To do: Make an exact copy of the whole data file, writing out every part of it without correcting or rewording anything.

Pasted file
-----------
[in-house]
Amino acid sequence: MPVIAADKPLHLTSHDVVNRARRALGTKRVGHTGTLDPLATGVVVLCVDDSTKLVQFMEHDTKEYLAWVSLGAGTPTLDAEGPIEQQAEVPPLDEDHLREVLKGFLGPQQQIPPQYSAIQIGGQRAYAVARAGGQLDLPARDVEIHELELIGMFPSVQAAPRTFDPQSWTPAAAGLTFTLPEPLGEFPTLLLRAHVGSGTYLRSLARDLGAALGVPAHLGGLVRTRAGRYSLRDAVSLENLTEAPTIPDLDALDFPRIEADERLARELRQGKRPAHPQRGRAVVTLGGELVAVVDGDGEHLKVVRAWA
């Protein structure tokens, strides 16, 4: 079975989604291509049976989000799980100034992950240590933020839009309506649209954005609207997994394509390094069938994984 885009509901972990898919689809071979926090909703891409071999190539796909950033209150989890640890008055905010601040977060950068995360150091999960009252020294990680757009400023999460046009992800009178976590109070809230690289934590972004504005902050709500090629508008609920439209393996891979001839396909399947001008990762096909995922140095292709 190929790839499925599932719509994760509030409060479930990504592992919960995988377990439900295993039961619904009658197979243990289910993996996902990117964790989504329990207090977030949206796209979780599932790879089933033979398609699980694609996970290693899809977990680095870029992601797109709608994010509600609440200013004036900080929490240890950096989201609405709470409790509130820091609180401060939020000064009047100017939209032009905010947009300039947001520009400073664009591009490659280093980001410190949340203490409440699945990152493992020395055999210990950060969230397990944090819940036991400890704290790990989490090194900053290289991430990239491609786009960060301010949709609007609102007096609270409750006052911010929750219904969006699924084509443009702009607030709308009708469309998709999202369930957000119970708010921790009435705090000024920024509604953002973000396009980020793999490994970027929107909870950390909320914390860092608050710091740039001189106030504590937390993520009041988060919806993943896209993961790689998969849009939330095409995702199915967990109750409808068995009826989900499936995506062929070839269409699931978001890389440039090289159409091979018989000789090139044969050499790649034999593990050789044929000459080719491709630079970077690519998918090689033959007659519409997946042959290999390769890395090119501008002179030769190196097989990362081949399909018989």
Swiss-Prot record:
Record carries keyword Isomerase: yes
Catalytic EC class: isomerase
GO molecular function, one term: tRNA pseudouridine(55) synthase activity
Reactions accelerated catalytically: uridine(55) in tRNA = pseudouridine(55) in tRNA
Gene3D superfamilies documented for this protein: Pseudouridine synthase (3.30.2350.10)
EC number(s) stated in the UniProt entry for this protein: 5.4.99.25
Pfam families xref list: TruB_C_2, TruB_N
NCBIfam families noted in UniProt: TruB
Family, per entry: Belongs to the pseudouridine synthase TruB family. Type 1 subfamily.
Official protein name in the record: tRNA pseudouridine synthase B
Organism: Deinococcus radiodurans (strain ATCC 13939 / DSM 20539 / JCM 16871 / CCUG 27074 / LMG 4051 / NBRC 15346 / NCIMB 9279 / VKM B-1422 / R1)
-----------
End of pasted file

[in-house]
Amino acid sequence: MPVIAADKPLHLTSHDVVNRARRALGTKRVGHTGTLDPLATGVVVLCVDDSTKLVQFMEHDTKEYLAWVSLGAGTPTLDAEGPIEQQAEVPPLDEDHLREVLKGFLGPQQQIPPQYSAIQIGGQRAYAVARAGGQLDLPARDVEIHELELIGMFPSVQAAPRTFDPQSWTPAAAGLTFTLPEPLGEFPTLLLRAHVGSGTYLRSLARDLGAALGVPAHLGGLVRTRAGRYSLRDAVSLENLTEAPTIPDLDALDFPRIEADERLARELRQGKRPAHPQRGRAVVTLGGELVAVVDGDGEHLKVVRAWA
């Protein structure tokens, strides 16, 4: 079975989604291509049976989000799980100034992950240590933020839009309506649209954005609207997994394509390094069938994984 885009509901972990898919689809071979926090909703891409071999190539796909950033209150989890640890008055905010601040977060950068995360150091999960009252020294990680757009400023999460046009992800009178976590109070809230690289934590972004504005902050709500090629508008609920439209393996891979001839396909399947001008990762096909995922140095292709 190929790839499925599932719509994760509030409060479930990504592992919960995988377990439900295993039961619904009658197979243990289910993996996902990117964790989504329990207090977030949206796209979780599932790879089933033979398609699980694609996970290693899809977990680095870029992601797109709608994010509600609440200013004036900080929490240890950096989201609405709470409790509130820091609180401060939020000064009047100017939209032009905010947009300039947001520009400073664009591009490659280093980001410190949340203490409440699945990152493992020395055999210990950060969230397990944090819940036991400890704290790990989490090194900053290289991430990239491609786009960060301010949709609007609102007096609270409750006052911010929750219904969006699924084509443009702009607030709308009708469309998709999202369930957000119970708010921790009435705090000024920024509604953002973000396009980020793999490994970027929107909870950390909320914390860092608050710091740039001189106030504590937390993520009041988060919806993943896209993961790689998969849009939330095409995702199915967990109750409808068995009826989900499936995506062929070839269409699931978001890389440039090289159409091979018989000789090139044969050499790649034999593990050789044929000459080719491709630079970077690519998918090689033959007659519409997946042959290999390769890395090119501008002179030769190196097989990362081949399909018989």
Swiss-Prot record:
Record carries keyword Isomerase: yes
Catalytic EC class: isomerase
GO molecular function, one term: tRNA pseudouridine(55) synthase activity
Reactions accelerated catalytically: uridine(55) in tRNA = pseudouridine(55) in tRNA
Gene3D superfamilies documented for this protein: Pseudouridine synthase (3.30.2350.10)
EC number(s) stated in the UniProt entry for this protein: 5.4.99.25
Pfam families xref list: TruB_C_2, TruB_N
NCBIfam families noted in UniProt: TruB
Family, per entry: Belongs to the pseudouridine synthase TruB family. Type 1 subfamily.
Official protein name in the record: tRNA pseudouridine synthase B
Organism: Deinococcus radiodurans (strain ATCC 13939 / DSM 20539 / JCM 16871 / CCUG 27074 / LMG 4051 / NBRC 15346 / NCIMB 9279 / VKM B-1422 / R1)